In light of the considerable progress in understanding the brain mechanisms underlying number processing (for a review, cf. Ansari, 2008), there is still little research into the brain correlates of individual differences in mathematical skills. Much of this research has focused on learning disabilities in mathematics (developmental dyscalculia) and has revealed abnormal brain function and structure in the parietal cortex, specifically in the intraparietal sulcus (IPS; cf. Rubinsten and Henik, 2009; Butterworth et al., 2011). Using functional magnetic resonance imaging (fMRI), Price et al. (2007) found that distance between numbers in a simple number comparison task (requiring to decide which of two numbers is larger) less strongly modulated right IPS activation in dyscalculic compared to control children. Likewise, dyscalculic children were reported to show weaker IPS activation in approximate calculation than controls (Kucian et al., 2006). These results are complemented by voxel-based morphometry (VBM) studies revealing less gray matter density and volume in the IPS of dyscalculics compared to controls (Isaacs et al., 2001; Rotzer et al., 2008). At present, there is wide consensus that the IPS holds an amodal and format-independent representation of numerical magnitude and is therefore systematically engaged in any task drawing on magnitude manipulations – from basic number comparison to complex calculation (Dehaene et al., 2003, 2004). This suggests that one basis of learning disabilities in mathematics lies in impaired numerical magnitude processing, which is also in line with the findings from behavioral research (e.g., Butterworth and Laurillard, 2010).
Even though the IPS, as the core quantity system, can be assumed to play the most important role in many number processing demands, studies on adults’ mathematical competence within the normal achievement range suggest that more and less competent individuals do not differ in the engagement of this brain region during calculation. Rather, they seem to differentially activate the left angular gyrus (AG; Menon et al., 2000; Grabner et al., 2007, 2009a,b). Grabner et al. (2007) screened a large sample of adults with respect to their cognitive abilities and then contrasted the brain activation patterns between two groups of mathematical competence (which did not differ in verbal or figural–spatial abilities) while they were performing easy and more difficult multiplication problems. The data revealed that the more competent individuals displayed higher activation of the left AG during multiplication and that the left AG activation level was linearly related to individuals’ score in the mathematical competence test. The less competent participants did not activate any brain region more strongly (for similar evidence, see Grabner et al., 2009a).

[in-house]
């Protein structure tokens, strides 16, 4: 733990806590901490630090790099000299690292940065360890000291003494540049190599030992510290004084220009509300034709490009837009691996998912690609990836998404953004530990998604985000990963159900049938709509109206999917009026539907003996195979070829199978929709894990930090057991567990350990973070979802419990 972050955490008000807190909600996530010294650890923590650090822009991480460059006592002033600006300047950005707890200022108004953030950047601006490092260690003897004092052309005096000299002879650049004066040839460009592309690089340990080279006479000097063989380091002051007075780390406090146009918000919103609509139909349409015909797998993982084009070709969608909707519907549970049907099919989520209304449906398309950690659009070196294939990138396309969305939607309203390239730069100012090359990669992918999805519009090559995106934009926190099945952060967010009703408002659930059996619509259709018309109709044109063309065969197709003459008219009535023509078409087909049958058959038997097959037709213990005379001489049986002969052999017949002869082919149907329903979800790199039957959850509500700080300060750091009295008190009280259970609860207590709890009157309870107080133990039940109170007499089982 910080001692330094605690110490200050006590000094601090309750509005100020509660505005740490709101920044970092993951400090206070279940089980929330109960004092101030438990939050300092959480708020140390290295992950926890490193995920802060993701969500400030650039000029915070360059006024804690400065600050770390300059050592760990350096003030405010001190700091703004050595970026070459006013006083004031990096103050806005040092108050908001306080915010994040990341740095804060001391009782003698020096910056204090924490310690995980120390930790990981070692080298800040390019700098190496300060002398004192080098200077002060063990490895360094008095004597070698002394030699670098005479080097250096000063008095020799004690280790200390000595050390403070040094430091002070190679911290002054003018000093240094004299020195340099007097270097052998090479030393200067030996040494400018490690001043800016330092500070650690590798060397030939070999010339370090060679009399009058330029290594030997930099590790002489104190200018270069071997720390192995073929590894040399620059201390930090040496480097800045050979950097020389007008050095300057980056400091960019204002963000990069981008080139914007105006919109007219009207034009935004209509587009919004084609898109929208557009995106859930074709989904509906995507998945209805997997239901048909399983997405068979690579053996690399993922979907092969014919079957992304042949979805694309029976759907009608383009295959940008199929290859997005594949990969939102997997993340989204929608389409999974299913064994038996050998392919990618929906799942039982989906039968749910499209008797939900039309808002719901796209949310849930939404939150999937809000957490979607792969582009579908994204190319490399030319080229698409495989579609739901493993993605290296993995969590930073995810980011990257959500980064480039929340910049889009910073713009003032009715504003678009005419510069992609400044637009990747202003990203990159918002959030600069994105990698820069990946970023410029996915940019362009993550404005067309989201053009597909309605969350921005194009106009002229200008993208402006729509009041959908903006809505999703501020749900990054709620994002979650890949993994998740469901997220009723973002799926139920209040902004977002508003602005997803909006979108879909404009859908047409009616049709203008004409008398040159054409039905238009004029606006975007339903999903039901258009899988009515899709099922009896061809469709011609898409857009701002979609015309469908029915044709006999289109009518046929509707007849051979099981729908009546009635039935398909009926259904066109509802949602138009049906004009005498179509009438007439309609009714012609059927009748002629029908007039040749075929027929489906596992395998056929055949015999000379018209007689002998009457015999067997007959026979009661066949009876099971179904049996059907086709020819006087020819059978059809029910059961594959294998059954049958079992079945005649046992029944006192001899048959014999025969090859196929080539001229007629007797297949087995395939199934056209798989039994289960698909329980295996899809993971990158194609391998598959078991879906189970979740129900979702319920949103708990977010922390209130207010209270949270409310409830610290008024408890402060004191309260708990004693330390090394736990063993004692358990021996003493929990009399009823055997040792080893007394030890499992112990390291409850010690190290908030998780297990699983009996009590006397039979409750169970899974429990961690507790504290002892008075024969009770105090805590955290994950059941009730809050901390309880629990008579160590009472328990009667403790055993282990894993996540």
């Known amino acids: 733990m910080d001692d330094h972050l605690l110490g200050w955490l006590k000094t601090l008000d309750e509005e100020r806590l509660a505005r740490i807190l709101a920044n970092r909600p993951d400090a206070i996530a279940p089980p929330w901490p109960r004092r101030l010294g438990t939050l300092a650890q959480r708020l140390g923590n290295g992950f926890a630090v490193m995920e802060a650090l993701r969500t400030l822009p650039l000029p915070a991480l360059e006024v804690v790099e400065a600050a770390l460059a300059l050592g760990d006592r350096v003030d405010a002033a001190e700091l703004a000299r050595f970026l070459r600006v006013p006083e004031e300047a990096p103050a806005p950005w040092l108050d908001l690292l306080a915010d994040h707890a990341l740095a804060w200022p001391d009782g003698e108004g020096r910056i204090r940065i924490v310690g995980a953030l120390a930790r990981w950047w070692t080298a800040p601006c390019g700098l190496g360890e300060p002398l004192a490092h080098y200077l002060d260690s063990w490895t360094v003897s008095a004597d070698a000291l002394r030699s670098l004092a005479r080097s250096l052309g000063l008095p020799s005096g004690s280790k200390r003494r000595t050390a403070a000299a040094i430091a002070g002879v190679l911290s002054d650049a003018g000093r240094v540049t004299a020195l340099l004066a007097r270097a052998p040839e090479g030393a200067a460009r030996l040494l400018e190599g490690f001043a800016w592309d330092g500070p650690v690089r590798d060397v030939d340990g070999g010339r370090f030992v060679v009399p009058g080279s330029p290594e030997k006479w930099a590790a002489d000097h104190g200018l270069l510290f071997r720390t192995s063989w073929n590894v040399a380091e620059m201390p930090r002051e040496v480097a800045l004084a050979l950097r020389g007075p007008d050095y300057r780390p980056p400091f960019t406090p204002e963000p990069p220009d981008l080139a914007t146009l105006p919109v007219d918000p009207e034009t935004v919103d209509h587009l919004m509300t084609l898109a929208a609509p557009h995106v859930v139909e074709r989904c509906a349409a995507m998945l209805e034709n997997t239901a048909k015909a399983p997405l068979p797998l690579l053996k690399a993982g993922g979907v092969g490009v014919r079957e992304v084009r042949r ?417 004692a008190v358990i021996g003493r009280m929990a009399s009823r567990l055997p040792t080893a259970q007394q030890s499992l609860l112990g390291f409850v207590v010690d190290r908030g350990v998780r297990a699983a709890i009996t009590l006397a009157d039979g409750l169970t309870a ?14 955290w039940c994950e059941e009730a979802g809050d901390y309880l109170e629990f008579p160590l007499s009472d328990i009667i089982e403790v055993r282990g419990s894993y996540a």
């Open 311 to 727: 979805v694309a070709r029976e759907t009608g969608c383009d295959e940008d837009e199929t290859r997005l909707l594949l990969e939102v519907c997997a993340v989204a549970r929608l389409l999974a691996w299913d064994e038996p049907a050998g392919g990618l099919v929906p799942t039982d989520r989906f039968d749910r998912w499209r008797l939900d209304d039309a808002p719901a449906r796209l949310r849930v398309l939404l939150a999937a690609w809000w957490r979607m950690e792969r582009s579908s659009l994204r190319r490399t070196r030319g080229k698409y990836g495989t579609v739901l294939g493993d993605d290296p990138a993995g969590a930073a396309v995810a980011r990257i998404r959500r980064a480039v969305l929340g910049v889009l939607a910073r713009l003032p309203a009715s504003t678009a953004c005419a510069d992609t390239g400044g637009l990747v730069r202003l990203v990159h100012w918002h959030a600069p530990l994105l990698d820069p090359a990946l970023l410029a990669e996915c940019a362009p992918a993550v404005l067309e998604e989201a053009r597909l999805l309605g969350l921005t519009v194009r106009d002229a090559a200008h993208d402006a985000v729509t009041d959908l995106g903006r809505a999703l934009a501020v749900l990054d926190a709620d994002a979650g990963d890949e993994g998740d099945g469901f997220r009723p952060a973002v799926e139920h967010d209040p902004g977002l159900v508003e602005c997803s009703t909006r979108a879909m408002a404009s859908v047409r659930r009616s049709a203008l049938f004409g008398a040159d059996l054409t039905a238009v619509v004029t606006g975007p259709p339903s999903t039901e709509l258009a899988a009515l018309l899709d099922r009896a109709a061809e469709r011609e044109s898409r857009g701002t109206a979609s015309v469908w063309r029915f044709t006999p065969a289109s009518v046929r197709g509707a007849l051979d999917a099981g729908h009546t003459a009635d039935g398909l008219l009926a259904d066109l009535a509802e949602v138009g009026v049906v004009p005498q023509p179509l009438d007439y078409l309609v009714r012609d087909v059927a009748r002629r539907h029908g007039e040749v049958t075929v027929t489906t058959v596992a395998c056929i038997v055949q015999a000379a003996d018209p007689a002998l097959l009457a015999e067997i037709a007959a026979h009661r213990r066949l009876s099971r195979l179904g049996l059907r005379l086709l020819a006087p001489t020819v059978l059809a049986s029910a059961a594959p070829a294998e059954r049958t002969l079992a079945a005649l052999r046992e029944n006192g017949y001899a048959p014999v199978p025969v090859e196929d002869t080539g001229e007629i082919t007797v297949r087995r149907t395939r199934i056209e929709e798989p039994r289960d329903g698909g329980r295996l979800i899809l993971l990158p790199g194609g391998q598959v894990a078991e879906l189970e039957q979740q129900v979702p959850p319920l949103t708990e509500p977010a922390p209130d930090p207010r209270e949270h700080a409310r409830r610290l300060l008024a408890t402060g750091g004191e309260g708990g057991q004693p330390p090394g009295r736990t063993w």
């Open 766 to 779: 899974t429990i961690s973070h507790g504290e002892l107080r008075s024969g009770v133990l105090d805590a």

The left AG is another brain area whose activation is frequently modulated during number processing, especially during mental calculation (Ansari, 2008; Zamarian et al., 2009), but its functional role is less well understood than that of the IPS. In their influential review paper on parietal circuits in number processing, Dehaene et al. (2003) proposed that the left AG belongs to the language system and may support the retrieval of verbally stored arithmetic facts from memory (such as the multiplication table). This notion has been corroborated by studies showing higher left AG activation while solving multiplication compared to subtraction problems (Lee, 2000), in applying fact retrieval compared to procedural (calculation) strategies (Grabner et al., 2009a), and in trained compared to untrained arithmetic problems (Delazer et al., 2003, 2005; Ischebeck et al., 2006, 2007). Against this background, Grabner et al. (2007) interpreted the finding of higher left AG activation in the more competent individuals to reflect a stronger reliance on arithmetic fact retrieval. In other words, participants with higher mathematical competence could have solved the multiplication problems more frequently by fact retrieval than their less competent peers. This interpretation was corroborated in a training study in which the individuals of both competence groups were trained on a set of multiplication problems before they were presented with trained and untrained problems in the fMRI test session (Grabner et al., 2009b). It was shown that mathematical competence had an impact on performance and left AG activation only in the untrained but no longer in the trained problems. Precisely, the more competent individuals displayed stronger left AG activation and better performance in the novel problems, but in the trained problems, when both competence groups could retrieve the multiplication facts from memory, the activation and performance difference diminished.